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From the inadequacies of the barter system, our pre-historic ancestors developed the concept of money. It was essentially an object of some value, like scraps of metal or coins, animals and even conch shells and crude ornaments. The primitive form of money is called commodity money, derivative of the fact that the object exchanged had its own value as a commodity or its possession of definite value to the owner as well as others.

Money today is an abstract concept, because the physical representative of money has no value of its own. It acquires worth because the government of a nation declares its value within the boundaries, as a mode of buying or paying debts. Money, therefore, becomes a legal tender. This system is known as the Fiat money system and is followed by most countries of the world. Fiat money systems use currency – in the form of banknotes and coins.

The supply of money in a country usually exists as currency or floating money and demand deposits or the money in the bank in various savings and current accounts. The latter is almost always greater than the former. Bank money is intangible and exists as records only. But it does have the power to perform all the functions that tangible money or currency would. Checks or drafts from banks are known to be widely accepted, and is now a more frequented mode of transfer of deposit money.

In the world of modern finance, money has mainly three functions.
• It is an exchange medium
• It is a unit of account, and
• A store of value

When money is used to obtain goods or services, it is acting as an exchange medium. This was the first originated use of money, in pace of the barter system.

As a unit of account, it acts as a numerical measurement. It measures the market value of all transactions, goods or services. For it to be a unit of account, it needs to have certain characteristics, devoid of which it will not be recognized as money. The money system should allow it to be broken down into smaller denominations without losing its total value. One piece of certain denomination should be as valuable as another, of the same denomination. Lastly, its make – size, weight, density etc., should be verifiable.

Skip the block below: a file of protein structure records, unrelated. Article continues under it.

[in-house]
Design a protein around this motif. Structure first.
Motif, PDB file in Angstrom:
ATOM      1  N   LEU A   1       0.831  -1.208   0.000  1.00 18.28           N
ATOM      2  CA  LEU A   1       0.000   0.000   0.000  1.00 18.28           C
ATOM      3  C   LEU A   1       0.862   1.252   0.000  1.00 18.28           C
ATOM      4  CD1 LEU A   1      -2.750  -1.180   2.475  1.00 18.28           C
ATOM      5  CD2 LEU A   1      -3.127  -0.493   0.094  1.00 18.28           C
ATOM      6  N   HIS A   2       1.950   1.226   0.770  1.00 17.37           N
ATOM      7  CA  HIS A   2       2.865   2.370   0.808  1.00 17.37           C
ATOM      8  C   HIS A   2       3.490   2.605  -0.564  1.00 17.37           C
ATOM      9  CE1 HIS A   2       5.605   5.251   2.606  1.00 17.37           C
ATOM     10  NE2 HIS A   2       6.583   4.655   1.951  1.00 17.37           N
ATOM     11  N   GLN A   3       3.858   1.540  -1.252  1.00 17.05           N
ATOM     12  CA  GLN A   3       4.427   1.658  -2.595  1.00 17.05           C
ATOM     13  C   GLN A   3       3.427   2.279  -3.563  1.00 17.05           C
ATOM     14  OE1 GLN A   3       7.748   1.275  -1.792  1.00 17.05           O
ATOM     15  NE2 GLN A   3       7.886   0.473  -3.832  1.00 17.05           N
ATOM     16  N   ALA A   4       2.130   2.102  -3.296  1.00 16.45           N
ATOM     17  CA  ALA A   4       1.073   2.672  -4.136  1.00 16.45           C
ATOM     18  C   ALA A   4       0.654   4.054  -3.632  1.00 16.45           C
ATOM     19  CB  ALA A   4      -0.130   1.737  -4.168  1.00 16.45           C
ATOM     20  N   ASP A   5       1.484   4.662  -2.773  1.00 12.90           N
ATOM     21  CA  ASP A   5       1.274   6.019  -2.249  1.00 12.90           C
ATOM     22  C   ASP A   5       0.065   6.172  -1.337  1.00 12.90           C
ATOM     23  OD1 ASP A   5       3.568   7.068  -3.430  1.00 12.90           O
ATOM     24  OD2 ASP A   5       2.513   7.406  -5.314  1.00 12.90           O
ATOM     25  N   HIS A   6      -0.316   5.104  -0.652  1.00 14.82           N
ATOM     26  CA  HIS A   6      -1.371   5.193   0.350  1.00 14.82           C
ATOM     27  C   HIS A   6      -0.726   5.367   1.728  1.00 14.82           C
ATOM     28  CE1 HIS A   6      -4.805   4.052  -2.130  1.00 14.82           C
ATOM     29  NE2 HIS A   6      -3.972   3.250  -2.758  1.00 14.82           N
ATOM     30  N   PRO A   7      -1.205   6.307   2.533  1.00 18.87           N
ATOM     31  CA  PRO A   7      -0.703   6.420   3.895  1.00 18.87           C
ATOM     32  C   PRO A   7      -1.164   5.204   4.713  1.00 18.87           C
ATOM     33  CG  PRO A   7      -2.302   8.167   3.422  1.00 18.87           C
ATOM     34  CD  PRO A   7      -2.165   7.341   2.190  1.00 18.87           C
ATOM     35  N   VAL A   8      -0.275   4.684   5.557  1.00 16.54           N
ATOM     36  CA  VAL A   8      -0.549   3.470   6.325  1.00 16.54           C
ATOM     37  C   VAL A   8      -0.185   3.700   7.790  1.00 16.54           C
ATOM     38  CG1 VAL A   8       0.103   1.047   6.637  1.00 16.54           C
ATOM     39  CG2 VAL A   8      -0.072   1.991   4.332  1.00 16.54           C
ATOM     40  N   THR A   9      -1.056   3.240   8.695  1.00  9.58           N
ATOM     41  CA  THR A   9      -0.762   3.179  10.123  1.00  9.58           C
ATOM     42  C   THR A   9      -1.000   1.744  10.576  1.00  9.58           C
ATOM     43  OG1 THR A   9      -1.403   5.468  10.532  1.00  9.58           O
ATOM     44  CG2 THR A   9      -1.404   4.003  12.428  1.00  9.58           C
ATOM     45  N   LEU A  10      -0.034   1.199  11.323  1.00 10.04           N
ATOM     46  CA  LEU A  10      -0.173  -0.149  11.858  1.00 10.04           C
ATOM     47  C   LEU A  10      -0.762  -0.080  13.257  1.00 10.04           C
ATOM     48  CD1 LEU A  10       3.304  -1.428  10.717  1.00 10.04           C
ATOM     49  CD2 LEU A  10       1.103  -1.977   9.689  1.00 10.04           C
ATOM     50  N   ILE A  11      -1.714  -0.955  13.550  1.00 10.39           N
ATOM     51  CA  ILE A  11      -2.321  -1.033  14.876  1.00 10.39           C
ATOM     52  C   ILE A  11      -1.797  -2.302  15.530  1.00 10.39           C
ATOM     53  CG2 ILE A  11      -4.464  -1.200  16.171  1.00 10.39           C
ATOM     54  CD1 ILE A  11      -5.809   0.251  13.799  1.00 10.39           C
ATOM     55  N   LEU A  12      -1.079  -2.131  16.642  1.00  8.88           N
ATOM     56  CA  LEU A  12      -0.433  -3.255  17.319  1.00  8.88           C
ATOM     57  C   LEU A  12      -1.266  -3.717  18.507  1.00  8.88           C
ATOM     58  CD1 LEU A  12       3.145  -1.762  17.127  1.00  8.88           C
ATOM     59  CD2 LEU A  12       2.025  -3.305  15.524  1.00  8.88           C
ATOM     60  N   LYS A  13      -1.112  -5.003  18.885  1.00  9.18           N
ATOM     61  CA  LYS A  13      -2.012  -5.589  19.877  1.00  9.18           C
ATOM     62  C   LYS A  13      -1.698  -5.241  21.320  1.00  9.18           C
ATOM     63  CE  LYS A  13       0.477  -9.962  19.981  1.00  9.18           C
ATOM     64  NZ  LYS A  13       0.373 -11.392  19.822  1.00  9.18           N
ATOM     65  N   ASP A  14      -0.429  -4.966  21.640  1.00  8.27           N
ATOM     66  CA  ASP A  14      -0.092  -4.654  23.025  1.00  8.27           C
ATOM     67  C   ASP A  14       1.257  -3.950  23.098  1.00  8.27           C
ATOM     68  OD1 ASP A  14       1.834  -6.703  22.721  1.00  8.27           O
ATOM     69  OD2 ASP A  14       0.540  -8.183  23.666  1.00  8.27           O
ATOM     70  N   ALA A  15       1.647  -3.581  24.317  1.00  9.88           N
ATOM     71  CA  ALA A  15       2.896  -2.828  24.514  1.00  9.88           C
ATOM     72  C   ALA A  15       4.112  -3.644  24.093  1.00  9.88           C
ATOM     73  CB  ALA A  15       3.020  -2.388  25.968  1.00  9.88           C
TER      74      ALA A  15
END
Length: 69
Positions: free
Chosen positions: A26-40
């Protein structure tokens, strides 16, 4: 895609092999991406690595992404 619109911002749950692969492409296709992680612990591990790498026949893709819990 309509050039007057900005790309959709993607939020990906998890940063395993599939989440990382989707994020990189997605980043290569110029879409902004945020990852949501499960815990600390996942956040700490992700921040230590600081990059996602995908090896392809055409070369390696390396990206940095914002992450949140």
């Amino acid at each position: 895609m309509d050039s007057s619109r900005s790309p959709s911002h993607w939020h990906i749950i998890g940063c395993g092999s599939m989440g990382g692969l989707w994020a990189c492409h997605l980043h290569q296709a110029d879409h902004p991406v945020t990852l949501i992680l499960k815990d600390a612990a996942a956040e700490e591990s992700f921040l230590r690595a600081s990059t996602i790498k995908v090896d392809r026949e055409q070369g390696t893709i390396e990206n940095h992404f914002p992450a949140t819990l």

To act as a store of value, one should be able to save or store money, to be able to retrieve it at a later time. At the time of retrieval, it should be of the same value, proving that is value was duly ‘stored’.

Any financial instrument which fulfils these functions can be termed as Money. These instruments together in an economy constitute the Money Supply of the country. A cumulative of these- currency, demand deposits and other deposits is called the monetary aggregate of a country.

From primitive times to modern, money has existed in various forms. Changing definition and value, it forms the backbone of a modern society.

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